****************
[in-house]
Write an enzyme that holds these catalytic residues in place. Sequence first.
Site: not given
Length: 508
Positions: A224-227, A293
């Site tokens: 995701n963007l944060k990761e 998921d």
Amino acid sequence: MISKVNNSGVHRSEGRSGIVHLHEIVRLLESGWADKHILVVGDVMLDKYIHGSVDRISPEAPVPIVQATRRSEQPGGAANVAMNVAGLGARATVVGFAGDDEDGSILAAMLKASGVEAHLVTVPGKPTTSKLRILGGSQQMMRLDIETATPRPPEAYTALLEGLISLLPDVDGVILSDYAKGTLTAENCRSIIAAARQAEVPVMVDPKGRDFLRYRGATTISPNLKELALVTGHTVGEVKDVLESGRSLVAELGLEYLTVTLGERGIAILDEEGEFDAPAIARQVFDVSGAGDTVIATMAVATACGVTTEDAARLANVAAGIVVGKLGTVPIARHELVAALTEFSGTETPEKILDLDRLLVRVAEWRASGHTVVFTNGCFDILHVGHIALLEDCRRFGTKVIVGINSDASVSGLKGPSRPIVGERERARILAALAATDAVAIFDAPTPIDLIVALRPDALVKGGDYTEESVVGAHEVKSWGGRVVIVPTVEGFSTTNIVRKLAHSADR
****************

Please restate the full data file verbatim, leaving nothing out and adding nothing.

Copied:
[in-house]
Write an enzyme that holds these catalytic residues in place. Sequence first.
Site: not given
Length: 508
Positions: A224-227, A293
């Site tokens: 995701n963007l944060k990761e 998921d």
Amino acid sequence: MISKVNNSGVHRSEGRSGIVHLHEIVRLLESGWADKHILVVGDVMLDKYIHGSVDRISPEAPVPIVQATRRSEQPGGAANVAMNVAGLGARATVVGFAGDDEDGSILAAMLKASGVEAHLVTVPGKPTTSKLRILGGSQQMMRLDIETATPRPPEAYTALLEGLISLLPDVDGVILSDYAKGTLTAENCRSIIAAARQAEVPVMVDPKGRDFLRYRGATTISPNLKELALVTGHTVGEVKDVLESGRSLVAELGLEYLTVTLGERGIAILDEEGEFDAPAIARQVFDVSGAGDTVIATMAVATACGVTTEDAARLANVAAGIVVGKLGTVPIARHELVAALTEFSGTETPEKILDLDRLLVRVAEWRASGHTVVFTNGCFDILHVGHIALLEDCRRFGTKVIVGINSDASVSGLKGPSRPIVGERERARILAALAATDAVAIFDAPTPIDLIVALRPDALVKGGDYTEESVVGAHEVKSWGGRVVIVPTVEGFSTTNIVRKLAHSADR